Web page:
OUTCOMES can be dramatically improved through the use of thrombectomy in a far greater number of stroke patients than previously thought. This was achieved using brain-imaging software, developed by researchers at Stanford University, California, USA, which identifies patients who could benefit from the procedure more than 6 hours following the onset of a stroke.
In a trial, the team used the brain imaging software, which rapidly evaluates blood-flow data, to establish the amount of salvageable brain tissue in patients who presented at a treatment centre between 6 and 16 hours following onset of a stroke that originated either in the middle cerebral artery or the internal carotid artery. The patients in whom there were substantial amounts of salvageable, but at-risk, brain tissue were randomised into either an intervention group, which received thrombectomies, or a control group, which received standard medical therapy.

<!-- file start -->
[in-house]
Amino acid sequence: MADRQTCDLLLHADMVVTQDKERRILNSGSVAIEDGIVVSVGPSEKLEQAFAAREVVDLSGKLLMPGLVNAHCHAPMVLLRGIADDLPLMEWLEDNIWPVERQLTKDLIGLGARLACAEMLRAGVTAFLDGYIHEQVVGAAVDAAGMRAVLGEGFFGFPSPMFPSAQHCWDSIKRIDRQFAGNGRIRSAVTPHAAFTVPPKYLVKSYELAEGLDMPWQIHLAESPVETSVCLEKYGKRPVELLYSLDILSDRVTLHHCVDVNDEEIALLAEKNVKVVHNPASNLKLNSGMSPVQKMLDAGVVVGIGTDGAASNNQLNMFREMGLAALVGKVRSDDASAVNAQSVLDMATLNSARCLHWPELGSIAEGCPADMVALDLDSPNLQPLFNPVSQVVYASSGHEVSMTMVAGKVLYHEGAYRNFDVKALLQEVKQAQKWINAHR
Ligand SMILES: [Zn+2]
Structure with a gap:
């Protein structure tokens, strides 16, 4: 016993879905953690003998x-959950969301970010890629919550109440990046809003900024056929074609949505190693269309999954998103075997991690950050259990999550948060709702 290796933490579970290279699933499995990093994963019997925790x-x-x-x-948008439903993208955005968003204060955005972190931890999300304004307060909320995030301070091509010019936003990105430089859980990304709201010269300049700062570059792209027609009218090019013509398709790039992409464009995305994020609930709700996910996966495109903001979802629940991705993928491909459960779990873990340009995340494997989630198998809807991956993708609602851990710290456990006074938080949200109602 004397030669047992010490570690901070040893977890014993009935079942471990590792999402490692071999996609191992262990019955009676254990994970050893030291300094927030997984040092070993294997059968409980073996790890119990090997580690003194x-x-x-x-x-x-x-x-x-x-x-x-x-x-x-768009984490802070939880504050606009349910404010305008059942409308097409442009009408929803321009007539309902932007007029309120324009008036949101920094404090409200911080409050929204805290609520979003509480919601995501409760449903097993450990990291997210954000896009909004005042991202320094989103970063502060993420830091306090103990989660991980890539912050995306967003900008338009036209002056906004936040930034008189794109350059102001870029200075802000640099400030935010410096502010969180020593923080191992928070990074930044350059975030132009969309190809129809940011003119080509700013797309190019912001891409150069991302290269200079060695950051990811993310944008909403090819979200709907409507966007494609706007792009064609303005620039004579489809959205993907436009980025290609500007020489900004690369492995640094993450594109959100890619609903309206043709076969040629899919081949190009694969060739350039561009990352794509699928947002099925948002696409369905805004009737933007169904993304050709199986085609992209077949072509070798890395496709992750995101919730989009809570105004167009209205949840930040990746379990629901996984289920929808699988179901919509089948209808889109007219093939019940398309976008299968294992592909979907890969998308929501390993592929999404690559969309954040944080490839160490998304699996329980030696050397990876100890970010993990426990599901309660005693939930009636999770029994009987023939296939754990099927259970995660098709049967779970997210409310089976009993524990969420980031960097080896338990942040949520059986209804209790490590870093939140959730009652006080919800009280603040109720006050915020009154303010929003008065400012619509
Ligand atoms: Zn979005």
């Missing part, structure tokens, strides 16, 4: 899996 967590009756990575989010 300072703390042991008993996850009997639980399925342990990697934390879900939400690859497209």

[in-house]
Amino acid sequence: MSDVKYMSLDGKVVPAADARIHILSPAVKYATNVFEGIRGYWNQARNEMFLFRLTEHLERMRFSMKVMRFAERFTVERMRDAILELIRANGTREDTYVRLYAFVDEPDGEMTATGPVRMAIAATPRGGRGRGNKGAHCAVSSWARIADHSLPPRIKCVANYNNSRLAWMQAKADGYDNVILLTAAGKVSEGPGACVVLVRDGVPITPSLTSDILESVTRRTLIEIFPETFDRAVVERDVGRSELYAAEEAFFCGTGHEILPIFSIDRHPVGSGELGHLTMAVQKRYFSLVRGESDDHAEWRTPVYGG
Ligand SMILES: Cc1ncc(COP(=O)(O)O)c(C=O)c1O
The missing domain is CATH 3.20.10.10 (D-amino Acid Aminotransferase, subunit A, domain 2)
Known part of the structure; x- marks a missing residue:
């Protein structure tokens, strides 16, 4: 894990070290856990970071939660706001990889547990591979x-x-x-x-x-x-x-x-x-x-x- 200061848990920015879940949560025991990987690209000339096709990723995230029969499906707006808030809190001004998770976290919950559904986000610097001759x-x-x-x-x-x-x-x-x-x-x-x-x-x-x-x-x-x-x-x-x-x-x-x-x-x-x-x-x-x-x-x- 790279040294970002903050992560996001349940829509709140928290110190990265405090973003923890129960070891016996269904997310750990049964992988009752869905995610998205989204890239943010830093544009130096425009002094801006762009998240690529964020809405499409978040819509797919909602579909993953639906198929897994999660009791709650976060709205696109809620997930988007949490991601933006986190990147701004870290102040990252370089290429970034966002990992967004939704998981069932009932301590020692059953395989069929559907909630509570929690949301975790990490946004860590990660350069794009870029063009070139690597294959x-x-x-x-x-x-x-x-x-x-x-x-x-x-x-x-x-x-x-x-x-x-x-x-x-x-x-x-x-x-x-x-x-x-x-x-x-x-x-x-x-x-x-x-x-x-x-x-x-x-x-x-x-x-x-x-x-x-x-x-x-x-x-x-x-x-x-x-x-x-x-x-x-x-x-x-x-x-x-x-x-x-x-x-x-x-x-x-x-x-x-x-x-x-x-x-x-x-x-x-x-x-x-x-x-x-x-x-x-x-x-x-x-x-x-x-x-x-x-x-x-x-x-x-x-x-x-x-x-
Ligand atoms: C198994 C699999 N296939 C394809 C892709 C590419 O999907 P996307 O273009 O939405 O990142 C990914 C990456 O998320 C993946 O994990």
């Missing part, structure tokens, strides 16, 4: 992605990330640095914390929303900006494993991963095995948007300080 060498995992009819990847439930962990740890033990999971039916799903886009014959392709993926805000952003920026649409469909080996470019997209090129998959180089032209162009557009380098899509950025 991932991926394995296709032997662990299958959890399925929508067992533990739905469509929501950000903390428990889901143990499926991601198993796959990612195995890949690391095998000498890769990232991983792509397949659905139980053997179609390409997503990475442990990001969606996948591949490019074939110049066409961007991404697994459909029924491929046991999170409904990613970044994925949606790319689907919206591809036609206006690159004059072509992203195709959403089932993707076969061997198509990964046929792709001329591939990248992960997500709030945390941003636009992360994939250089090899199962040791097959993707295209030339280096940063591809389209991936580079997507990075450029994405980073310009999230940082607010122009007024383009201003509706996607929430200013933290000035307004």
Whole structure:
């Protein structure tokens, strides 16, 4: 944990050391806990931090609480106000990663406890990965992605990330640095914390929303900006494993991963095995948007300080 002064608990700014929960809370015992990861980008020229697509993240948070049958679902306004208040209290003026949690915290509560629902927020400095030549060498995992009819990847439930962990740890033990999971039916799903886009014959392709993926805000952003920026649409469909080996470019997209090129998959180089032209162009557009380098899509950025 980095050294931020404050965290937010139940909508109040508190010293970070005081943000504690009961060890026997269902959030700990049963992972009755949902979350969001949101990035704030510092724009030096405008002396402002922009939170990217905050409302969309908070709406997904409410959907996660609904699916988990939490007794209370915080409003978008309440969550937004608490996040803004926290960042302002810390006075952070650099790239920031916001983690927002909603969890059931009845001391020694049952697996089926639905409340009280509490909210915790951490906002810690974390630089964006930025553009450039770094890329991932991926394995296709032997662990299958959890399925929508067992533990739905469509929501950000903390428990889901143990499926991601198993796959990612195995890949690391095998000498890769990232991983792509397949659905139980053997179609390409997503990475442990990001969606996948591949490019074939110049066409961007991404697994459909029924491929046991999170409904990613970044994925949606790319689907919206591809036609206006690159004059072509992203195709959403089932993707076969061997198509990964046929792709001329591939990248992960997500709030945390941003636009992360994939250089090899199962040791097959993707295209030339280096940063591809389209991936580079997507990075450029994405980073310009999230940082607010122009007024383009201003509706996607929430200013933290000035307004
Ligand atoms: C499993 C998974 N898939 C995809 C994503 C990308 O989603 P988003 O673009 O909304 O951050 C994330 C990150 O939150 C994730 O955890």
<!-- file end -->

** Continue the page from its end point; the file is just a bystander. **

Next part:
Patients receiving thrombectomy had far better outcomes than those who did not over a 90-day period. In the thrombectomised group, 14% had died and 8% had severe disability in comparison to 26% and 16%, respectively, in the control group. The team believe this provides evidence that strokes spread through brains at different rates in different people.
The trial’s principal investigator, Dr Gregory Albers, Stanford University, commented: “Nearly half of all patients treated between 6 and 16 hours after the onset of their symptoms were largely spared the consequences of their stroke.”
Currently, thrombectomy is only recommended for patients in the first 6 hours following their stroke. However, it is often difficult to reach a treatment centre within this timeframe, especially as 35–40% of strokes occur during sleep. The findings could therefore enable a far greater number of patients to be given this treatment; indeed, it is expected that the American Heart Association (AHA) will issue new acute-stroke treatment guidelines to take this study into account.
Dr Albers added: “It used to be that by 5 or 6 hours after a stroke, we had to say ‘I’m so sorry, you arrived too late to be treated’. But this is a new world.”
James Coker, Reporter
For the source and further information about the study, click here.